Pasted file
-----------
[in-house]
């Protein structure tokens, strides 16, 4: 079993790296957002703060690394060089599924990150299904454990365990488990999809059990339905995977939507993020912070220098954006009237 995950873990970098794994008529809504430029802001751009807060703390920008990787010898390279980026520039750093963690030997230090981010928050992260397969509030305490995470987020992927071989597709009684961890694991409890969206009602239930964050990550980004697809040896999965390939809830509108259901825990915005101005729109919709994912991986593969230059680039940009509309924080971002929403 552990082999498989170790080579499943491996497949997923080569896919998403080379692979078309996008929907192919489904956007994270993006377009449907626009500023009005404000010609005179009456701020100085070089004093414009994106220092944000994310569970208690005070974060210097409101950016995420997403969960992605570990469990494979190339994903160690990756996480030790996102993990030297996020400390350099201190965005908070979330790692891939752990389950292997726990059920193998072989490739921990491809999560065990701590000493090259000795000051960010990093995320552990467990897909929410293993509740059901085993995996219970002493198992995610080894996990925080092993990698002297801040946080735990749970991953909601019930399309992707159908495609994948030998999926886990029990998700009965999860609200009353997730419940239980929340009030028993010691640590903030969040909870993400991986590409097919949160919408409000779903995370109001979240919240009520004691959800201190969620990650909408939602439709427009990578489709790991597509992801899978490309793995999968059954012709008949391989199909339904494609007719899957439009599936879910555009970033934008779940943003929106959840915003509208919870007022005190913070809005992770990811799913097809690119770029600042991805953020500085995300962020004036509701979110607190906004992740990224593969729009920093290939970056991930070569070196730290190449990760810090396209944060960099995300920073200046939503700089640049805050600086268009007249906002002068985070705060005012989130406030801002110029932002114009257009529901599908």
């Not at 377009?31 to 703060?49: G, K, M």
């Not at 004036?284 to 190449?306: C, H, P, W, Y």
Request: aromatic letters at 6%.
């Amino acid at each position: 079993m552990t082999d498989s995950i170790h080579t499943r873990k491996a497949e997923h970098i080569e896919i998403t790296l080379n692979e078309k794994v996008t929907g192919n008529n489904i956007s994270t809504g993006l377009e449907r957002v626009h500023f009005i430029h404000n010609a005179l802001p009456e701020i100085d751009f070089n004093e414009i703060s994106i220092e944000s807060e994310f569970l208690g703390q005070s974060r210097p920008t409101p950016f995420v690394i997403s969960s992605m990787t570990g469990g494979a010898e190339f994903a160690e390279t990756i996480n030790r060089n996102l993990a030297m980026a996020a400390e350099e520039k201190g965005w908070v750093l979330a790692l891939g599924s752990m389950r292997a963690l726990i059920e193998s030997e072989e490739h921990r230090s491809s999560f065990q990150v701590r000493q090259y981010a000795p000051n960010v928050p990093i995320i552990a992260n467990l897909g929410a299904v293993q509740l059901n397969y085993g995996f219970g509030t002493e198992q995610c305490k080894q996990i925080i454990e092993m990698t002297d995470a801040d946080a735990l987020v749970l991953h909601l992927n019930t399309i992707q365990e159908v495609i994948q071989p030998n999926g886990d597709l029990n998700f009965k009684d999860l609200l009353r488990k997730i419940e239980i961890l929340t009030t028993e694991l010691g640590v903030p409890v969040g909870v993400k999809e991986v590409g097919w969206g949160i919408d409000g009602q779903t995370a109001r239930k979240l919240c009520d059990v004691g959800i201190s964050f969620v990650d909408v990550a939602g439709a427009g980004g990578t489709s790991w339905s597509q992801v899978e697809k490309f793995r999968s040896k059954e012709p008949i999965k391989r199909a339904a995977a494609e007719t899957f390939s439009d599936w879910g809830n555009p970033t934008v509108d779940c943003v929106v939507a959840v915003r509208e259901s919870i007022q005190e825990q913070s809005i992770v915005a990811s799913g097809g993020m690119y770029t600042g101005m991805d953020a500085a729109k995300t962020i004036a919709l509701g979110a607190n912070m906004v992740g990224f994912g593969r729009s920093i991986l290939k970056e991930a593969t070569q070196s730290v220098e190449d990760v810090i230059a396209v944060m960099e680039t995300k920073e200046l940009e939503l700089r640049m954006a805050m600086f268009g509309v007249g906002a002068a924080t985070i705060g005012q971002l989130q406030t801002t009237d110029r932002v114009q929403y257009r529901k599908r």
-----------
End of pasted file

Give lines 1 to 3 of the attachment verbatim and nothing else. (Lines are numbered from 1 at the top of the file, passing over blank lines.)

[in-house]
């Protein structure tokens, strides 16, 4: 079993790296957002703060690394060089599924990150299904454990365990488990999809059990339905995977939507993020912070220098954006009237 995950873990970098794994008529809504430029802001751009807060703390920008990787010898390279980026520039750093963690030997230090981010928050992260397969509030305490995470987020992927071989597709009684961890694991409890969206009602239930964050990550980004697809040896999965390939809830509108259901825990915005101005729109919709994912991986593969230059680039940009509309924080971002929403 552990082999498989170790080579499943491996497949997923080569896919998403080379692979078309996008929907192919489904956007994270993006377009449907626009500023009005404000010609005179009456701020100085070089004093414009994106220092944000994310569970208690005070974060210097409101950016995420997403969960992605570990469990494979190339994903160690990756996480030790996102993990030297996020400390350099201190965005908070979330790692891939752990389950292997726990059920193998072989490739921990491809999560065990701590000493090259000795000051960010990093995320552990467990897909929410293993509740059901085993995996219970002493198992995610080894996990925080092993990698002297801040946080735990749970991953909601019930399309992707159908495609994948030998999926886990029990998700009965999860609200009353997730419940239980929340009030028993010691640590903030969040909870993400991986590409097919949160919408409000779903995370109001979240919240009520004691959800201190969620990650909408939602439709427009990578489709790991597509992801899978490309793995999968059954012709008949391989199909339904494609007719899957439009599936879910555009970033934008779940943003929106959840915003509208919870007022005190913070809005992770990811799913097809690119770029600042991805953020500085995300962020004036509701979110607190906004992740990224593969729009920093290939970056991930070569070196730290190449990760810090396209944060960099995300920073200046939503700089640049805050600086268009007249906002002068985070705060005012989130406030801002110029932002114009257009529901599908």
């Not at 377009?31 to 703060?49: G, K, M």